Relevant Thesis-Based Degree Programs
Affiliations to Research Centres, Institutes & Clusters
Graduate Student Supervision
Doctoral Student Supervision
Dissertations completed in 2010 or later are listed below. Please note that there is a 6-12 month delay to add the latest dissertations.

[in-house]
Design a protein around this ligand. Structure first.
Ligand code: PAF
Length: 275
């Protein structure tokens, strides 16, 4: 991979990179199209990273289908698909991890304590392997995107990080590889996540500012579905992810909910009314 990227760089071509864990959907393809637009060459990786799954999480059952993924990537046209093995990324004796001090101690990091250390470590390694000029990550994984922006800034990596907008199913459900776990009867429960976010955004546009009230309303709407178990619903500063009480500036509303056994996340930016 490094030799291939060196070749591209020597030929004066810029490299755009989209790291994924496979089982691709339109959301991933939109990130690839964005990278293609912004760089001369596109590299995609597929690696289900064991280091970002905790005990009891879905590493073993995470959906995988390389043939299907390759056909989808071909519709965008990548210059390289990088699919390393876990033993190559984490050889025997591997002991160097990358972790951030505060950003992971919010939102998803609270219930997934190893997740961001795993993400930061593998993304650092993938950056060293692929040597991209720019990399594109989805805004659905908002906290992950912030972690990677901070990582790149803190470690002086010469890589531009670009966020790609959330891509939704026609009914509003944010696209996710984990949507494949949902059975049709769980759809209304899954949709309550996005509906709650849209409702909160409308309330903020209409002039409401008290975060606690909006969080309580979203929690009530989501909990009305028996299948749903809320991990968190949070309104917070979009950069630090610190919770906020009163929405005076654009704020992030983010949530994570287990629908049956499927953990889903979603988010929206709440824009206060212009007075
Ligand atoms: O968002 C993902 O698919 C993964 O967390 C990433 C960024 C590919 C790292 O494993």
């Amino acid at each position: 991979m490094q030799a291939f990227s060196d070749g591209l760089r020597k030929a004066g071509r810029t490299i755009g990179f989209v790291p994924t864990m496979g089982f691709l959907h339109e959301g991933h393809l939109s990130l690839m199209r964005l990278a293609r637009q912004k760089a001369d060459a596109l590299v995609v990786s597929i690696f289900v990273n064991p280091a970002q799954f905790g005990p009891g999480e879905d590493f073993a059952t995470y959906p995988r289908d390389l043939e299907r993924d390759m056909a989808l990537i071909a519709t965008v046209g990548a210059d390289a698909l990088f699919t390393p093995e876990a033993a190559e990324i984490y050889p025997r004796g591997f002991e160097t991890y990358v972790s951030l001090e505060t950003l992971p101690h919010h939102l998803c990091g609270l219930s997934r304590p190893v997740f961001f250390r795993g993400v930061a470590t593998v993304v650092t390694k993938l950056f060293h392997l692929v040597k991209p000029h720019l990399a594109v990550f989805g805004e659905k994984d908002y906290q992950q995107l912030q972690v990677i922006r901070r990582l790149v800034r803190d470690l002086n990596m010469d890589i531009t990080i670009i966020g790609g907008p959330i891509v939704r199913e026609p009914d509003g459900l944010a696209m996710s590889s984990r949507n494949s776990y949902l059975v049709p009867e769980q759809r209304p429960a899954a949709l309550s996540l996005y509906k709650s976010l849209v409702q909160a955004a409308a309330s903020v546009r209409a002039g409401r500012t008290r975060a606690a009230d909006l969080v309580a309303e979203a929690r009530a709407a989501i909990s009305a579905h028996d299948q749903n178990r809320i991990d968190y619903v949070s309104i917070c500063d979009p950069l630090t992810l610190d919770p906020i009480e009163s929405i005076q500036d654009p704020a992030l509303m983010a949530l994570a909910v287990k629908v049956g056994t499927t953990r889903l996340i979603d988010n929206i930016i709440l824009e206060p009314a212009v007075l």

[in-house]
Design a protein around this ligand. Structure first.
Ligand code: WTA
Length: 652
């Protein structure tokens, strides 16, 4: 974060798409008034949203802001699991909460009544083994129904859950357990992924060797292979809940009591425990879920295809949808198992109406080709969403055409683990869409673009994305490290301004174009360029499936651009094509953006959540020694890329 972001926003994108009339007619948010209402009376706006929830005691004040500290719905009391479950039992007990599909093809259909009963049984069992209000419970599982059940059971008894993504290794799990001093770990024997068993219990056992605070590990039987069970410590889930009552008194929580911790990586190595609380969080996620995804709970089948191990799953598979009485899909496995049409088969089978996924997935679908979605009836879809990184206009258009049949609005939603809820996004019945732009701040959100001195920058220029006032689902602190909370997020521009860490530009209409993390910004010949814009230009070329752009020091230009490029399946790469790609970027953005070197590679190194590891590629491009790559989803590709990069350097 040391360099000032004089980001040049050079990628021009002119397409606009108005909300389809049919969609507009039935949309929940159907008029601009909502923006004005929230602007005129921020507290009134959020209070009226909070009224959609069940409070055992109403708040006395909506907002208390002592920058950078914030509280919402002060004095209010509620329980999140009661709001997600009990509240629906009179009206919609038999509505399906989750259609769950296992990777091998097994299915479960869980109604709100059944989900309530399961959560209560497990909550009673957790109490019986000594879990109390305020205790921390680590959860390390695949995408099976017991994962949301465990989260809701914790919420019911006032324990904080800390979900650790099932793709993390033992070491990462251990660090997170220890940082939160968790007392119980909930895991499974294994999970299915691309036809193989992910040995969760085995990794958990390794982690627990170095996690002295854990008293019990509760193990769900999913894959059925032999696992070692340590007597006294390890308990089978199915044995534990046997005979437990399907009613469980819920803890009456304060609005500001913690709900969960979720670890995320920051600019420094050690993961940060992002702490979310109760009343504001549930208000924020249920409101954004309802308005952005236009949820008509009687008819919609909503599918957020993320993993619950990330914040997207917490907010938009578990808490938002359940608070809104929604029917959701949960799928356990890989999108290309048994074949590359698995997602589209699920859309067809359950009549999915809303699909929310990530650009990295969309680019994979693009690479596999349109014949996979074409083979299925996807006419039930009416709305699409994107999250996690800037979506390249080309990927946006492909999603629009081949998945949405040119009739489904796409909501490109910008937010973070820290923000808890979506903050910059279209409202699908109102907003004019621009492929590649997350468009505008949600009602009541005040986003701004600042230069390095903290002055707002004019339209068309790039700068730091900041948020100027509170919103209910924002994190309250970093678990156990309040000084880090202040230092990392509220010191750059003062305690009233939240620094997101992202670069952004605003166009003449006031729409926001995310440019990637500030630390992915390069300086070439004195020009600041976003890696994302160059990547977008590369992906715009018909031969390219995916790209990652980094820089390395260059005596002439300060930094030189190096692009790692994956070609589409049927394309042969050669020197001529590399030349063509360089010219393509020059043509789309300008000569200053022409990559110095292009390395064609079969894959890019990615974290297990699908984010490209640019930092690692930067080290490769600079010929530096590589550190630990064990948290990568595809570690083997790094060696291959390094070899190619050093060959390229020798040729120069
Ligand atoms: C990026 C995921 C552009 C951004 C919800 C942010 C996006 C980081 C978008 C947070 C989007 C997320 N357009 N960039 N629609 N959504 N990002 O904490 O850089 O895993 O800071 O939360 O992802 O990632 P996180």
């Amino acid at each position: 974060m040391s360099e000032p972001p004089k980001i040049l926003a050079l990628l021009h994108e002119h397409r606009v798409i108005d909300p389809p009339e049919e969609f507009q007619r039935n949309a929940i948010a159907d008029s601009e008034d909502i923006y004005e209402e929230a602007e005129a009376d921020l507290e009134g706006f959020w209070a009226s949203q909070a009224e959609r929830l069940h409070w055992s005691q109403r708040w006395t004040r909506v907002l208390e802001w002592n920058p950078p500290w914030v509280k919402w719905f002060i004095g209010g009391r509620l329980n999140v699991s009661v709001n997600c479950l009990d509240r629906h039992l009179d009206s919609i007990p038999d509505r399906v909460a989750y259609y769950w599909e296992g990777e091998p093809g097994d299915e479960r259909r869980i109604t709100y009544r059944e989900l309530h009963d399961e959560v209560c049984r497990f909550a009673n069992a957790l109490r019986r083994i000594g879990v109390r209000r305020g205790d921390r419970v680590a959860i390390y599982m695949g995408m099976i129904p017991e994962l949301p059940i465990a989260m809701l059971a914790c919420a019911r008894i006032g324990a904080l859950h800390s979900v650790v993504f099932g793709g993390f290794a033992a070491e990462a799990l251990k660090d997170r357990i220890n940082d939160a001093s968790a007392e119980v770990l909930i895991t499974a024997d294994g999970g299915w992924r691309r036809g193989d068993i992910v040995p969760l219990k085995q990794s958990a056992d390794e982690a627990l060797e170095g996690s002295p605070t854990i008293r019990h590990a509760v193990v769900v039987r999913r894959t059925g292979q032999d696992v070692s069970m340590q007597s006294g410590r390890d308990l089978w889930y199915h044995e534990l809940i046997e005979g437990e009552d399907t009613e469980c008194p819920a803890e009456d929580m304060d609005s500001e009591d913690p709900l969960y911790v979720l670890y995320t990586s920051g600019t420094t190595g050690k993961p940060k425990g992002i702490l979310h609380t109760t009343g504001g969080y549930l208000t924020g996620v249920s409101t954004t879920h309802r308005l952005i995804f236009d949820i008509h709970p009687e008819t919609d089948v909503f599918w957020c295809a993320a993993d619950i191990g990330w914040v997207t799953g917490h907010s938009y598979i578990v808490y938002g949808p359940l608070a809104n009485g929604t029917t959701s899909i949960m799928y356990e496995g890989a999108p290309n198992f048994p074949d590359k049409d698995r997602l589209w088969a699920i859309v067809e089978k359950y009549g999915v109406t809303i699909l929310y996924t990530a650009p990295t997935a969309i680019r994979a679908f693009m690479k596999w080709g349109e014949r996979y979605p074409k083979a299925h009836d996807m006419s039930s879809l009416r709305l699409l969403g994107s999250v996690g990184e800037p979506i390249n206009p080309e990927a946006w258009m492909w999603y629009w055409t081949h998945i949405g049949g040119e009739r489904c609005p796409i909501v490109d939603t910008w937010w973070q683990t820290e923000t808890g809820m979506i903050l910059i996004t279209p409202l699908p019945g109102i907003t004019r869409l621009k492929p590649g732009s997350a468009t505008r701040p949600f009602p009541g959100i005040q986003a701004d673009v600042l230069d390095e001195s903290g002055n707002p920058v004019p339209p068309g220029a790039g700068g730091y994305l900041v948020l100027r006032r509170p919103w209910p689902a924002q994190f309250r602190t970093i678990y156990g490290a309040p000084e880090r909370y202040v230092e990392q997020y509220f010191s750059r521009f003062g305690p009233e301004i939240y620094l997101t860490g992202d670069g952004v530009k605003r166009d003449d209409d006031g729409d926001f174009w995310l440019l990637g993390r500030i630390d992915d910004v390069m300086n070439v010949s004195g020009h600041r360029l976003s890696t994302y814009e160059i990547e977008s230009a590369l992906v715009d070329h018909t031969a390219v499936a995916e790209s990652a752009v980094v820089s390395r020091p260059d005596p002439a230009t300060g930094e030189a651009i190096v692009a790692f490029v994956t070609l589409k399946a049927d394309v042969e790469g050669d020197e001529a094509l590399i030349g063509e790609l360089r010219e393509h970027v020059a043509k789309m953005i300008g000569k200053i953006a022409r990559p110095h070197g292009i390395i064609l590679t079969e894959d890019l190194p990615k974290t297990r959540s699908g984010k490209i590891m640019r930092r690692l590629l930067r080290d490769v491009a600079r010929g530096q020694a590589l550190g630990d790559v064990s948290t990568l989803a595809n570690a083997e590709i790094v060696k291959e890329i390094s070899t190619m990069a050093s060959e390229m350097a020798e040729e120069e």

Background: Canada and the United States are in the midst of an escalating overdose crisis. While poverty and socioeconomic disadvantage are increasingly recognized as important contributors to drug-related harm, their precise role in overdose remains understudied. This dissertation sought to: synthesize evidence regarding the pathways and mechanisms linking socioeconomic elements to overdose outcomes; examine the relationship between a comprehensive range of socioeconomic indicators and non-fatal overdose; identify and characterize gender-stratified profiles of socioeconomic exposures in men and women who use drugs; and, finally, determine whether these gender-stratified profiles predict non-fatal overdose. Methods: Data from Chapter 2 came from a realist review of research published between 2004 and 2019. Data for Chapters 3-5 cover the time period between 2014 and 2018 and are from two community-recruited prospective cohort studies of people who use drugs (PWUD) in Vancouver, Canada. A range of longitudinal analytic techniques were used, including: generalized linear mixed-effect models, repeated measures latent class analyses, and generalized estimating equations.Results: Findings from the realist review identified eight overlapping socioeconomic dimensions with documented linkages to overdose outcomes through material, normative, and bio-psychosocial pathways. In Chapter 3, across the total sample of PWUD from Vancouver, homelessness, lower material security, and participation in informal and illegal income generating activities were independently and positively associated with non-fatal overdose. In Chapter 4, gender-stratified analyses revealed that men and women experienced mutually reinforcing and overlapping socioeconomic exposures characterized by variations in income, material and housing security, participation in informal or illegal income generation, criminal justice involvement, and police contact. Gendered profiles of increasing socioeconomic disadvantage aligned with high-intensity drug use patterns (e.g., opioids and stimulants) and a range of health-related outcomes (e.g., HCV). In Chapter 5, exposure to multiple increasing dimensions of socioeconomic disadvantage was found to be independently associated with greater likelihood of experiencing non-fatal overdose in both men and women.Conclusions: Socioeconomic determinants are key drivers of overdose risk. To address the socioeconomic production of overdose risk, findings point to the urgent need to expand upstream and multilevel programs and policies, including inclusive, gender-informed health and social welfare programming, and broader drug policy reform.